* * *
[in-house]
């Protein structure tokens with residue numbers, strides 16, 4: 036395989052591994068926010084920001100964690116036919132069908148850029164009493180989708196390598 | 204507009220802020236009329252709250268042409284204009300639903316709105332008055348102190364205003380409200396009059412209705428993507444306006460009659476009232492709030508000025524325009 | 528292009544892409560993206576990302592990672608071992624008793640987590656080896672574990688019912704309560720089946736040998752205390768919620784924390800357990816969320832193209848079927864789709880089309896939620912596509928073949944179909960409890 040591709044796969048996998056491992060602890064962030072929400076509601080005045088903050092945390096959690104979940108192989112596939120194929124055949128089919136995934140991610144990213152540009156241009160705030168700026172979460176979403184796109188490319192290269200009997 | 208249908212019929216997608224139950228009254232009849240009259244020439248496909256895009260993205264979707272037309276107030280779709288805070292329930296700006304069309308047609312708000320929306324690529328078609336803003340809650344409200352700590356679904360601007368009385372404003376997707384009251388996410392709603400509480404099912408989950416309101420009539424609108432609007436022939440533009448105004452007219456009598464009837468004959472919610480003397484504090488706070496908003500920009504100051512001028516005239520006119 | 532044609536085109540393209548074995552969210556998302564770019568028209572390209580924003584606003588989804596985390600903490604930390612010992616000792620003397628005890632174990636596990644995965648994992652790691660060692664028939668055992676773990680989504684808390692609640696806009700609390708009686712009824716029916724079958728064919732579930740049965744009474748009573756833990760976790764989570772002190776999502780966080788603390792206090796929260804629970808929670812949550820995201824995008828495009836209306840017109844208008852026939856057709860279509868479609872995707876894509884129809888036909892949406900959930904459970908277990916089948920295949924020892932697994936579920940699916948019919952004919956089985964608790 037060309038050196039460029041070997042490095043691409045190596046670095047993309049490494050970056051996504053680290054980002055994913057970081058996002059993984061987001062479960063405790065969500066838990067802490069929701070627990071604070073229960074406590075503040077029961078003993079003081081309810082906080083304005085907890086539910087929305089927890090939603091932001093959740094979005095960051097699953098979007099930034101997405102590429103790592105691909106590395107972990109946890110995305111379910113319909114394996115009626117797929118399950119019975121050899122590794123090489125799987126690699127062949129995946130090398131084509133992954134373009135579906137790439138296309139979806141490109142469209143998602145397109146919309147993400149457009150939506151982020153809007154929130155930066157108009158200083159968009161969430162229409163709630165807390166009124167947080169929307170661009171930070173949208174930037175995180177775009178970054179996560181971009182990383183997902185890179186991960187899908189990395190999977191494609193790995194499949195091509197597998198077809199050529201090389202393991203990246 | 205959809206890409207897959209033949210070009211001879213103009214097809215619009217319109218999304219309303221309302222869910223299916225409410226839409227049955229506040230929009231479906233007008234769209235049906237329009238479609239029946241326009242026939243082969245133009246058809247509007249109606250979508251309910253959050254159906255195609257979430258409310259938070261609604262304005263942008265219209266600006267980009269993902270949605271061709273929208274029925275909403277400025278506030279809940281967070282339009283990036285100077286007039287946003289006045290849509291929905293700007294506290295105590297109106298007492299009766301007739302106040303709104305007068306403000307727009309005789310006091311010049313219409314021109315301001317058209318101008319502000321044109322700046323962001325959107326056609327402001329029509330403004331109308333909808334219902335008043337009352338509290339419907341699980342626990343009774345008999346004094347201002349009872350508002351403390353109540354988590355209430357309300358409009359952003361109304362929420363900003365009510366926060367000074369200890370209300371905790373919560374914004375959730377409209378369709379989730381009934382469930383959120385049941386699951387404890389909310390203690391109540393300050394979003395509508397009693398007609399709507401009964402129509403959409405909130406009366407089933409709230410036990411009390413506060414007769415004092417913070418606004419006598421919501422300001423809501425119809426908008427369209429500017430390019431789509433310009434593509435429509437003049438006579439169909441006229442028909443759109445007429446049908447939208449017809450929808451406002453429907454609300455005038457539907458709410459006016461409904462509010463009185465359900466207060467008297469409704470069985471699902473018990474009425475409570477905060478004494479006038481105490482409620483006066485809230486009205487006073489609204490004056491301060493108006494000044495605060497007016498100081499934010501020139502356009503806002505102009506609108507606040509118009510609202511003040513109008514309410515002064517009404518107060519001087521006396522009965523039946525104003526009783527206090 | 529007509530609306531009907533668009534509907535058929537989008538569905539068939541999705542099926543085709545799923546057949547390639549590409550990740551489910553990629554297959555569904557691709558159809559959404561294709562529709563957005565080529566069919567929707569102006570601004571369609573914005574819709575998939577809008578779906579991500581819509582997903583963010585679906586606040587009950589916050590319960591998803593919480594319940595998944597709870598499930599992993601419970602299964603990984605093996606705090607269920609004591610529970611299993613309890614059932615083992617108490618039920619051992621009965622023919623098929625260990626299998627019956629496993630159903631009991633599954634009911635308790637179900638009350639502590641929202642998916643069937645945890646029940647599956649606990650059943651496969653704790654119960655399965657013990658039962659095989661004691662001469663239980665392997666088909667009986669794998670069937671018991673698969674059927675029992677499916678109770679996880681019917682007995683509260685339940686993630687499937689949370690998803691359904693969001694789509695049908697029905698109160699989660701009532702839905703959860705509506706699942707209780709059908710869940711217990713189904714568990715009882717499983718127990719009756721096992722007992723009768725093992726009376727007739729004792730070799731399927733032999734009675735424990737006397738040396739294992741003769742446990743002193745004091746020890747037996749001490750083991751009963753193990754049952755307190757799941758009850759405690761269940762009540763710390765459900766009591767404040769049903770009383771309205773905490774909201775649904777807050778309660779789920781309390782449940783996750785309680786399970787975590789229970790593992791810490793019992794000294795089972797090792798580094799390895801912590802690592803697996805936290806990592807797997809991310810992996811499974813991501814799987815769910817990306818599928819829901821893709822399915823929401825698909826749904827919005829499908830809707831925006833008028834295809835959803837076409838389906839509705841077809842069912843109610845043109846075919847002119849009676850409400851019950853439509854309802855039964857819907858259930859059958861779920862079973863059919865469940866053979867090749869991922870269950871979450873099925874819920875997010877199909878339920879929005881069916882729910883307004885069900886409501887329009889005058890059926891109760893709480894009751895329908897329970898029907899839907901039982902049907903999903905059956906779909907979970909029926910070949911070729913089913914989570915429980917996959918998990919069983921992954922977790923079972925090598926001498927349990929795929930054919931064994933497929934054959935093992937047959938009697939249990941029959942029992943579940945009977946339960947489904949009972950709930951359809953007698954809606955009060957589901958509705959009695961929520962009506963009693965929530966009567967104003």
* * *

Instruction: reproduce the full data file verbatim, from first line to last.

[in-house]
């Protein structure tokens with residue numbers, strides 16, 4: 036395989052591994068926010084920001100964690116036919132069908148850029164009493180989708196390598 | 204507009220802020236009329252709250268042409284204009300639903316709105332008055348102190364205003380409200396009059412209705428993507444306006460009659476009232492709030508000025524325009 | 528292009544892409560993206576990302592990672608071992624008793640987590656080896672574990688019912704309560720089946736040998752205390768919620784924390800357990816969320832193209848079927864789709880089309896939620912596509928073949944179909960409890 040591709044796969048996998056491992060602890064962030072929400076509601080005045088903050092945390096959690104979940108192989112596939120194929124055949128089919136995934140991610144990213152540009156241009160705030168700026172979460176979403184796109188490319192290269200009997 | 208249908212019929216997608224139950228009254232009849240009259244020439248496909256895009260993205264979707272037309276107030280779709288805070292329930296700006304069309308047609312708000320929306324690529328078609336803003340809650344409200352700590356679904360601007368009385372404003376997707384009251388996410392709603400509480404099912408989950416309101420009539424609108432609007436022939440533009448105004452007219456009598464009837468004959472919610480003397484504090488706070496908003500920009504100051512001028516005239520006119 | 532044609536085109540393209548074995552969210556998302564770019568028209572390209580924003584606003588989804596985390600903490604930390612010992616000792620003397628005890632174990636596990644995965648994992652790691660060692664028939668055992676773990680989504684808390692609640696806009700609390708009686712009824716029916724079958728064919732579930740049965744009474748009573756833990760976790764989570772002190776999502780966080788603390792206090796929260804629970808929670812949550820995201824995008828495009836209306840017109844208008852026939856057709860279509868479609872995707876894509884129809888036909892949406900959930904459970908277990916089948920295949924020892932697994936579920940699916948019919952004919956089985964608790 037060309038050196039460029041070997042490095043691409045190596046670095047993309049490494050970056051996504053680290054980002055994913057970081058996002059993984061987001062479960063405790065969500066838990067802490069929701070627990071604070073229960074406590075503040077029961078003993079003081081309810082906080083304005085907890086539910087929305089927890090939603091932001093959740094979005095960051097699953098979007099930034101997405102590429103790592105691909106590395107972990109946890110995305111379910113319909114394996115009626117797929118399950119019975121050899122590794123090489125799987126690699127062949129995946130090398131084509133992954134373009135579906137790439138296309139979806141490109142469209143998602145397109146919309147993400149457009150939506151982020153809007154929130155930066157108009158200083159968009161969430162229409163709630165807390166009124167947080169929307170661009171930070173949208174930037175995180177775009178970054179996560181971009182990383183997902185890179186991960187899908189990395190999977191494609193790995194499949195091509197597998198077809199050529201090389202393991203990246 | 205959809206890409207897959209033949210070009211001879213103009214097809215619009217319109218999304219309303221309302222869910223299916225409410226839409227049955229506040230929009231479906233007008234769209235049906237329009238479609239029946241326009242026939243082969245133009246058809247509007249109606250979508251309910253959050254159906255195609257979430258409310259938070261609604262304005263942008265219209266600006267980009269993902270949605271061709273929208274029925275909403277400025278506030279809940281967070282339009283990036285100077286007039287946003289006045290849509291929905293700007294506290295105590297109106298007492299009766301007739302106040303709104305007068306403000307727009309005789310006091311010049313219409314021109315301001317058209318101008319502000321044109322700046323962001325959107326056609327402001329029509330403004331109308333909808334219902335008043337009352338509290339419907341699980342626990343009774345008999346004094347201002349009872350508002351403390353109540354988590355209430357309300358409009359952003361109304362929420363900003365009510366926060367000074369200890370209300371905790373919560374914004375959730377409209378369709379989730381009934382469930383959120385049941386699951387404890389909310390203690391109540393300050394979003395509508397009693398007609399709507401009964402129509403959409405909130406009366407089933409709230410036990411009390413506060414007769415004092417913070418606004419006598421919501422300001423809501425119809426908008427369209429500017430390019431789509433310009434593509435429509437003049438006579439169909441006229442028909443759109445007429446049908447939208449017809450929808451406002453429907454609300455005038457539907458709410459006016461409904462509010463009185465359900466207060467008297469409704470069985471699902473018990474009425475409570477905060478004494479006038481105490482409620483006066485809230486009205487006073489609204490004056491301060493108006494000044495605060497007016498100081499934010501020139502356009503806002505102009506609108507606040509118009510609202511003040513109008514309410515002064517009404518107060519001087521006396522009965523039946525104003526009783527206090 | 529007509530609306531009907533668009534509907535058929537989008538569905539068939541999705542099926543085709545799923546057949547390639549590409550990740551489910553990629554297959555569904557691709558159809559959404561294709562529709563957005565080529566069919567929707569102006570601004571369609573914005574819709575998939577809008578779906579991500581819509582997903583963010585679906586606040587009950589916050590319960591998803593919480594319940595998944597709870598499930599992993601419970602299964603990984605093996606705090607269920609004591610529970611299993613309890614059932615083992617108490618039920619051992621009965622023919623098929625260990626299998627019956629496993630159903631009991633599954634009911635308790637179900638009350639502590641929202642998916643069937645945890646029940647599956649606990650059943651496969653704790654119960655399965657013990658039962659095989661004691662001469663239980665392997666088909667009986669794998670069937671018991673698969674059927675029992677499916678109770679996880681019917682007995683509260685339940686993630687499937689949370690998803691359904693969001694789509695049908697029905698109160699989660701009532702839905703959860705509506706699942707209780709059908710869940711217990713189904714568990715009882717499983718127990719009756721096992722007992723009768725093992726009376727007739729004792730070799731399927733032999734009675735424990737006397738040396739294992741003769742446990743002193745004091746020890747037996749001490750083991751009963753193990754049952755307190757799941758009850759405690761269940762009540763710390765459900766009591767404040769049903770009383771309205773905490774909201775649904777807050778309660779789920781309390782449940783996750785309680786399970787975590789229970790593992791810490793019992794000294795089972797090792798580094799390895801912590802690592803697996805936290806990592807797997809991310810992996811499974813991501814799987815769910817990306818599928819829901821893709822399915823929401825698909826749904827919005829499908830809707831925006833008028834295809835959803837076409838389906839509705841077809842069912843109610845043109846075919847002119849009676850409400851019950853439509854309802855039964857819907858259930859059958861779920862079973863059919865469940866053979867090749869991922870269950871979450873099925874819920875997010877199909878339920879929005881069916882729910883307004885069900886409501887329009889005058890059926891109760893709480894009751895329908897329970898029907899839907901039982902049907903999903905059956906779909907979970909029926910070949911070729913089913914989570915429980917996959918998990919069983921992954922977790923079972925090598926001498927349990929795929930054919931064994933497929934054959935093992937047959938009697939249990941029959942029992943579940945009977946339960947489904949009972950709930951359809953007698954809606955009060957589901958509705959009695961929520962009506963009693965929530966009567967104003």